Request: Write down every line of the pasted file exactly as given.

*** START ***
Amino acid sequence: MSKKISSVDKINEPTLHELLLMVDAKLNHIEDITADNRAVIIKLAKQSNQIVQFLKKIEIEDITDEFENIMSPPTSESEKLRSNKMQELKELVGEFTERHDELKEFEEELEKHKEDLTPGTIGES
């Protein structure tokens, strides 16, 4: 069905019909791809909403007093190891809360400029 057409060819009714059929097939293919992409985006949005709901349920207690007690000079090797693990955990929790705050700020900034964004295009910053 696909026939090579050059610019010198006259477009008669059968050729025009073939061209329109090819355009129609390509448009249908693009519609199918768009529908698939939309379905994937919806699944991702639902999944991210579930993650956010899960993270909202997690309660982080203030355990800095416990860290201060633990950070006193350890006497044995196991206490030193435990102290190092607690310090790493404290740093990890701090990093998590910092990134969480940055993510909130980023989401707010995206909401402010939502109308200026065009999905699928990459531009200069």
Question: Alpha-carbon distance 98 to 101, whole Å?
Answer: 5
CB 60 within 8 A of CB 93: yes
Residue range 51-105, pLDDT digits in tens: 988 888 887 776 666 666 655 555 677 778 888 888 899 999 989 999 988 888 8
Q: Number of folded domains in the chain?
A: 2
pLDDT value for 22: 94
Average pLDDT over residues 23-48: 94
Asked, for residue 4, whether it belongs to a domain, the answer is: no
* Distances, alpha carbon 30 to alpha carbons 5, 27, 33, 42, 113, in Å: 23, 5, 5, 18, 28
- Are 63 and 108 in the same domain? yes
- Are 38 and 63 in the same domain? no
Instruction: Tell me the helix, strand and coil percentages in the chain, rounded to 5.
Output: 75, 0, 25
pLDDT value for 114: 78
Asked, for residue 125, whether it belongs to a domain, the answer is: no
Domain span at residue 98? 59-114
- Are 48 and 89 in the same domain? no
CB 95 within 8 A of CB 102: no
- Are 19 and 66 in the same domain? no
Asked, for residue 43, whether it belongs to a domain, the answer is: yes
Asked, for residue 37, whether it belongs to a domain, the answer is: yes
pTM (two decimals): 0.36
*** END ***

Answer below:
Amino acid sequence: MSKKISSVDKINEPTLHELLLMVDAKLNHIEDITADNRAVIIKLAKQSNQIVQFLKKIEIEDITDEFENIMSPPTSESEKLRSNKMQELKELVGEFTERHDELKEFEEELEKHKEDLTPGTIGES
């Protein structure tokens, strides 16, 4: 069905019909791809909403007093190891809360400029 057409060819009714059929097939293919992409985006949005709901349920207690007690000079090797693990955990929790705050700020900034964004295009910053 696909026939090579050059610019010198006259477009008669059968050729025009073939061209329109090819355009129609390509448009249908693009519609199918768009529908698939939309379905994937919806699944991702639902999944991210579930993650956010899960993270909202997690309660982080203030355990800095416990860290201060633990950070006193350890006497044995196991206490030193435990102290190092607690310090790493404290740093990890701090990093998590910092990134969480940055993510909130980023989401707010995206909401402010939502109308200026065009999905699928990459531009200069």
Question: Alpha-carbon distance 98 to 101, whole Å?
Answer: 5
CB 60 within 8 A of CB 93: yes
Residue range 51-105, pLDDT digits in tens: 988 888 887 776 666 666 655 555 677 778 888 888 899 999 989 999 988 888 8
Q: Number of folded domains in the chain?
A: 2
pLDDT value for 22: 94
Average pLDDT over residues 23-48: 94
Asked, for residue 4, whether it belongs to a domain, the answer is: no
* Distances, alpha carbon 30 to alpha carbons 5, 27, 33, 42, 113, in Å: 23, 5, 5, 18, 28
- Are 63 and 108 in the same domain? yes
- Are 38 and 63 in the same domain? no
Instruction: Tell me the helix, strand and coil percentages in the chain, rounded to 5.
Output: 75, 0, 25
pLDDT value for 114: 78
Asked, for residue 125, whether it belongs to a domain, the answer is: no
Domain span at residue 98? 59-114
- Are 48 and 89 in the same domain? no
CB 95 within 8 A of CB 102: no
- Are 19 and 66 in the same domain? no
Asked, for residue 43, whether it belongs to a domain, the answer is: yes
Asked, for residue 37, whether it belongs to a domain, the answer is: yes
pTM (two decimals): 0.36